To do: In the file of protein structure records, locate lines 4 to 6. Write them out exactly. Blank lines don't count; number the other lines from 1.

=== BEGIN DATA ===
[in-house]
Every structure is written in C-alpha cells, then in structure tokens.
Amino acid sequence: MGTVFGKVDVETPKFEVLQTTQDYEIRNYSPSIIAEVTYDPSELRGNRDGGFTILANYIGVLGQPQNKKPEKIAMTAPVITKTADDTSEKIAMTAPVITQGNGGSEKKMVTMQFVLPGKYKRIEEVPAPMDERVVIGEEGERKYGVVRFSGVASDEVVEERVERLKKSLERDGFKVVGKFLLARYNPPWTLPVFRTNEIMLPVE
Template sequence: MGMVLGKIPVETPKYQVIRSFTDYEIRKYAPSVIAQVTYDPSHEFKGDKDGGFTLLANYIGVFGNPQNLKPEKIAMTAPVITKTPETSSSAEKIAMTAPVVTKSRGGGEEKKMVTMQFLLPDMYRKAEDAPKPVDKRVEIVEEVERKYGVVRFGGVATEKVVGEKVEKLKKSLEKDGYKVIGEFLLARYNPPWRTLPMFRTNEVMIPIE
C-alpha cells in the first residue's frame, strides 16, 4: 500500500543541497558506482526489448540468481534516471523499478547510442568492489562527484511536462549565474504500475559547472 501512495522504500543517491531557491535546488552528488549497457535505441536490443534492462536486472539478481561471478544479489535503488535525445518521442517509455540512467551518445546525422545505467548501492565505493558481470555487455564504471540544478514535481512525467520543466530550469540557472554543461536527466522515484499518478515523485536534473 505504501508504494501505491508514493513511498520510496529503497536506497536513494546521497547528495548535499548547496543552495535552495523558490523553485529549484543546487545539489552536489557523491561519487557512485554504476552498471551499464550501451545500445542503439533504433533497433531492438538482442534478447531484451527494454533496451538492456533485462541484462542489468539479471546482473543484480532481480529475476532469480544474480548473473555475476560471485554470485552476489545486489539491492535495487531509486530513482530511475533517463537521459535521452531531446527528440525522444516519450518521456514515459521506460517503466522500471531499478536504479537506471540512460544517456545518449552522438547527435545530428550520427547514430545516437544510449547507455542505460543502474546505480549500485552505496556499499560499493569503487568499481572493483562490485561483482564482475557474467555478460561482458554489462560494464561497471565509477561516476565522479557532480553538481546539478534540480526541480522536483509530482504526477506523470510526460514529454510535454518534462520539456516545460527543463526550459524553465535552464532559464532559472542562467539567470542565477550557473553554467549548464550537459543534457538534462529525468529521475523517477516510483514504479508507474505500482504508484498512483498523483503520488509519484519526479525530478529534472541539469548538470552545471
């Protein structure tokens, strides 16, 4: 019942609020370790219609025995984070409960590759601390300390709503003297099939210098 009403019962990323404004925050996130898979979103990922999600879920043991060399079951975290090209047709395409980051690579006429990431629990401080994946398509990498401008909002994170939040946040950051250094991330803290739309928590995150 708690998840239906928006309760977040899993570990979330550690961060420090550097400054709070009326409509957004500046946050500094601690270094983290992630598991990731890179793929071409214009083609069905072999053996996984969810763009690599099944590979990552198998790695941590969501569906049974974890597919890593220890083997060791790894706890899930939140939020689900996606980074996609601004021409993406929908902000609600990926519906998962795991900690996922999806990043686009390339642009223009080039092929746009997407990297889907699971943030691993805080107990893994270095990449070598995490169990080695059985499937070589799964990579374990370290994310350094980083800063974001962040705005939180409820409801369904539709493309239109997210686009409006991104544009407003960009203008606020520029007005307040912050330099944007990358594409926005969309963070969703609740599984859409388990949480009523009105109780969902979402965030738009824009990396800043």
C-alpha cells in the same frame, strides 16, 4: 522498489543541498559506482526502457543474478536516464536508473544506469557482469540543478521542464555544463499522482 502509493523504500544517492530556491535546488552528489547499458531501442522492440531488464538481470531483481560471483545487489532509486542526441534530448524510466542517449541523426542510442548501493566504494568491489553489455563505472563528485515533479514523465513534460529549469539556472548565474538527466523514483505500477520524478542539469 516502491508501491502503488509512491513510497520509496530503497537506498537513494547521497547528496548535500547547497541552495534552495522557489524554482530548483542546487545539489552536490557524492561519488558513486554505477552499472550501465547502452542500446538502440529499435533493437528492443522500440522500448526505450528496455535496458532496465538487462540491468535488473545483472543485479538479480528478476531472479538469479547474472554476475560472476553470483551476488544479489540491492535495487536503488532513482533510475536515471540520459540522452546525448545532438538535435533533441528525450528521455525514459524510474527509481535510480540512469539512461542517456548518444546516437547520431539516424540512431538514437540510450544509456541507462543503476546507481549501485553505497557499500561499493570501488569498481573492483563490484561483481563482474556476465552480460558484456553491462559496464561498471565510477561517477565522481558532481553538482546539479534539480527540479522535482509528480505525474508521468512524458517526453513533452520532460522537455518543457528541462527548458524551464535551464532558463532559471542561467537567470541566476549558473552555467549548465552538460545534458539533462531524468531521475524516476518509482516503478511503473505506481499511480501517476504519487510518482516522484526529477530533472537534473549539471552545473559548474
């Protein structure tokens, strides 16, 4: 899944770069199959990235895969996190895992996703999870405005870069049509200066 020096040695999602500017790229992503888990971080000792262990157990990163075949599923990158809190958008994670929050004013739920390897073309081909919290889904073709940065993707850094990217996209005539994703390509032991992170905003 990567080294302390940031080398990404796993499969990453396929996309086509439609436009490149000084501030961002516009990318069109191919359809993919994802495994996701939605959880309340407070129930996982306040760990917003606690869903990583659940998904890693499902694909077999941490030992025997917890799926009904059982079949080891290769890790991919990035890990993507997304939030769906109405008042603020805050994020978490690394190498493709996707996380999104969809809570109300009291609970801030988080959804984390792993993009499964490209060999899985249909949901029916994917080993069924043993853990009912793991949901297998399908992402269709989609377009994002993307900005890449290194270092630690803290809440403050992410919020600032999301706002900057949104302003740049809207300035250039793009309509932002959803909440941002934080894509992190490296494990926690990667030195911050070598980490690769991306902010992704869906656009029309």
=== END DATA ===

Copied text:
Template sequence: MGMVLGKIPVETPKYQVIRSFTDYEIRKYAPSVIAQVTYDPSHEFKGDKDGGFTLLANYIGVFGNPQNLKPEKIAMTAPVITKTPETSSSAEKIAMTAPVVTKSRGGGEEKKMVTMQFLLPDMYRKAEDAPKPVDKRVEIVEEVERKYGVVRFGGVATEKVVGEKVEKLKKSLEKDGYKVIGEFLLARYNPPWRTLPMFRTNEVMIPIE
C-alpha cells in the first residue's frame, strides 16, 4: 500500500543541497558506482526489448540468481534516471523499478547510442568492489562527484511536462549565474504500475559547472 501512495522504500543517491531557491535546488552528488549497457535505441536490443534492462536486472539478481561471478544479489535503488535525445518521442517509455540512467551518445546525422545505467548501492565505493558481470555487455564504471540544478514535481512525467520543466530550469540557472554543461536527466522515484499518478515523485536534473 505504501508504494501505491508514493513511498520510496529503497536506497536513494546521497547528495548535499548547496543552495535552495523558490523553485529549484543546487545539489552536489557523491561519487557512485554504476552498471551499464550501451545500445542503439533504433533497433531492438538482442534478447531484451527494454533496451538492456533485462541484462542489468539479471546482473543484480532481480529475476532469480544474480548473473555475476560471485554470485552476489545486489539491492535495487531509486530513482530511475533517463537521459535521452531531446527528440525522444516519450518521456514515459521506460517503466522500471531499478536504479537506471540512460544517456545518449552522438547527435545530428550520427547514430545516437544510449547507455542505460543502474546505480549500485552505496556499499560499493569503487568499481572493483562490485561483482564482475557474467555478460561482458554489462560494464561497471565509477561516476565522479557532480553538481546539478534540480526541480522536483509530482504526477506523470510526460514529454510535454518534462520539456516545460527543463526550459524553465535552464532559464532559472542562467539567470542565477550557473553554467549548464550537459543534457538534462529525468529521475523517477516510483514504479508507474505500482504508484498512483498523483503520488509519484519526479525530478529534472541539469548538470552545471
């Protein structure tokens, strides 16, 4: 019942609020370790219609025995984070409960590759601390300390709503003297099939210098 009403019962990323404004925050996130898979979103990922999600879920043991060399079951975290090209047709395409980051690579006429990431629990401080994946398509990498401008909002994170939040946040950051250094991330803290739309928590995150 708690998840239906928006309760977040899993570990979330550690961060420090550097400054709070009326409509957004500046946050500094601690270094983290992630598991990731890179793929071409214009083609069905072999053996996984969810763009690599099944590979990552198998790695941590969501569906049974974890597919890593220890083997060791790894706890899930939140939020689900996606980074996609601004021409993406929908902000609600990926519906998962795991900690996922999806990043686009390339642009223009080039092929746009997407990297889907699971943030691993805080107990893994270095990449070598995490169990080695059985499937070589799964990579374990370290994310350094980083800063974001962040705005939180409820409801369904539709493309239109997210686009409006991104544009407003960009203008606020520029007005307040912050330099944007990358594409926005969309963070969703609740599984859409388990949480009523009105109780969902979402965030738009824009990396800043």